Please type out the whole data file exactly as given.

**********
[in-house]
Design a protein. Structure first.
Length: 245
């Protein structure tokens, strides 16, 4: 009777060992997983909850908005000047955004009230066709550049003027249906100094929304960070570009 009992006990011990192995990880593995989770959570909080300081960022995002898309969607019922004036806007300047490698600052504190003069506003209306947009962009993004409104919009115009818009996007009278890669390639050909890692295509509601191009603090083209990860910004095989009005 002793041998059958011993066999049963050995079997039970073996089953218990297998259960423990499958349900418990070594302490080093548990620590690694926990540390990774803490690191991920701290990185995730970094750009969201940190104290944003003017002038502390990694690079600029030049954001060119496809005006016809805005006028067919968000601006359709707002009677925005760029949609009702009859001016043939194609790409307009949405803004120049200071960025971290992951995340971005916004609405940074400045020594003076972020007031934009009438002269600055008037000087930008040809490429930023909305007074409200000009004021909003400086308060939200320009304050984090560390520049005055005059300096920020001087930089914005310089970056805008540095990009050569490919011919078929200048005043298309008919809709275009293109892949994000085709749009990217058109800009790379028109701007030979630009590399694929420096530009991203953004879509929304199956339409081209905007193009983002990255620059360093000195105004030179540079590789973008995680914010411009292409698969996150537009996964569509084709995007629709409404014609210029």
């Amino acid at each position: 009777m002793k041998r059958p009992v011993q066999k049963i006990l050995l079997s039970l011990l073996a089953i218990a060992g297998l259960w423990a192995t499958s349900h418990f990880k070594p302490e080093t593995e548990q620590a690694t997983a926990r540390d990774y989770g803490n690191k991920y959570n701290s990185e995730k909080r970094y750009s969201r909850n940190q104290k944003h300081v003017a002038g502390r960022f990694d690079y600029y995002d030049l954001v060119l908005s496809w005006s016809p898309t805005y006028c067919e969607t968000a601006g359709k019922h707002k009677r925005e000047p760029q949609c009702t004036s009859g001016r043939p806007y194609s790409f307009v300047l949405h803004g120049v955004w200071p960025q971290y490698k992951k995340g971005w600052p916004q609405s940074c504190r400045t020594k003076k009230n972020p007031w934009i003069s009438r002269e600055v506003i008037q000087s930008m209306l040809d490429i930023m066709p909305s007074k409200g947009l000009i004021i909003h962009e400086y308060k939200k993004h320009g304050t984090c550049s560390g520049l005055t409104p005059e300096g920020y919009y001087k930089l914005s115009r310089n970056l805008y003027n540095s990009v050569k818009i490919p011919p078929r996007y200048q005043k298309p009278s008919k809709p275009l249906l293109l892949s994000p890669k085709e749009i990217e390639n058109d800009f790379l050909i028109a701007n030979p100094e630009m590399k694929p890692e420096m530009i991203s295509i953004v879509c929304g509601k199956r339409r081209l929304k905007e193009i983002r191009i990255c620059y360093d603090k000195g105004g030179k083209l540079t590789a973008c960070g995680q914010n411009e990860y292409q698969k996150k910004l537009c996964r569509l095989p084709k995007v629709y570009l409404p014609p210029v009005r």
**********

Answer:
[in-house]
Design a protein. Structure first.
Length: 245
């Protein structure tokens, strides 16, 4: 009777060992997983909850908005000047955004009230066709550049003027249906100094929304960070570009 009992006990011990192995990880593995989770959570909080300081960022995002898309969607019922004036806007300047490698600052504190003069506003209306947009962009993004409104919009115009818009996007009278890669390639050909890692295509509601191009603090083209990860910004095989009005 002793041998059958011993066999049963050995079997039970073996089953218990297998259960423990499958349900418990070594302490080093548990620590690694926990540390990774803490690191991920701290990185995730970094750009969201940190104290944003003017002038502390990694690079600029030049954001060119496809005006016809805005006028067919968000601006359709707002009677925005760029949609009702009859001016043939194609790409307009949405803004120049200071960025971290992951995340971005916004609405940074400045020594003076972020007031934009009438002269600055008037000087930008040809490429930023909305007074409200000009004021909003400086308060939200320009304050984090560390520049005055005059300096920020001087930089914005310089970056805008540095990009050569490919011919078929200048005043298309008919809709275009293109892949994000085709749009990217058109800009790379028109701007030979630009590399694929420096530009991203953004879509929304199956339409081209905007193009983002990255620059360093000195105004030179540079590789973008995680914010411009292409698969996150537009996964569509084709995007629709409404014609210029």
């Amino acid at each position: 009777m002793k041998r059958p009992v011993q066999k049963i006990l050995l079997s039970l011990l073996a089953i218990a060992g297998l259960w423990a192995t499958s349900h418990f990880k070594p302490e080093t593995e548990q620590a690694t997983a926990r540390d990774y989770g803490n690191k991920y959570n701290s990185e995730k909080r970094y750009s969201r909850n940190q104290k944003h300081v003017a002038g502390r960022f990694d690079y600029y995002d030049l954001v060119l908005s496809w005006s016809p898309t805005y006028c067919e969607t968000a601006g359709k019922h707002k009677r925005e000047p760029q949609c009702t004036s009859g001016r043939p806007y194609s790409f307009v300047l949405h803004g120049v955004w200071p960025q971290y490698k992951k995340g971005w600052p916004q609405s940074c504190r400045t020594k003076k009230n972020p007031w934009i003069s009438r002269e600055v506003i008037q000087s930008m209306l040809d490429i930023m066709p909305s007074k409200g947009l000009i004021i909003h962009e400086y308060k939200k993004h320009g304050t984090c550049s560390g520049l005055t409104p005059e300096g920020y919009y001087k930089l914005s115009r310089n970056l805008y003027n540095s990009v050569k818009i490919p011919p078929r996007y200048q005043k298309p009278s008919k809709p275009l249906l293109l892949s994000p890669k085709e749009i990217e390639n058109d800009f790379l050909i028109a701007n030979p100094e630009m590399k694929p890692e420096m530009i991203s295509i953004v879509c929304g509601k199956r339409r081209l929304k905007e193009i983002r191009i990255c620059y360093d603090k000195g105004g030179k083209l540079t590789a973008c960070g995680q914010n411009e990860y292409q698969k996150k910004l537009c996964r569509l095989p084709k995007v629709y570009l409404p014609p210029v009005r």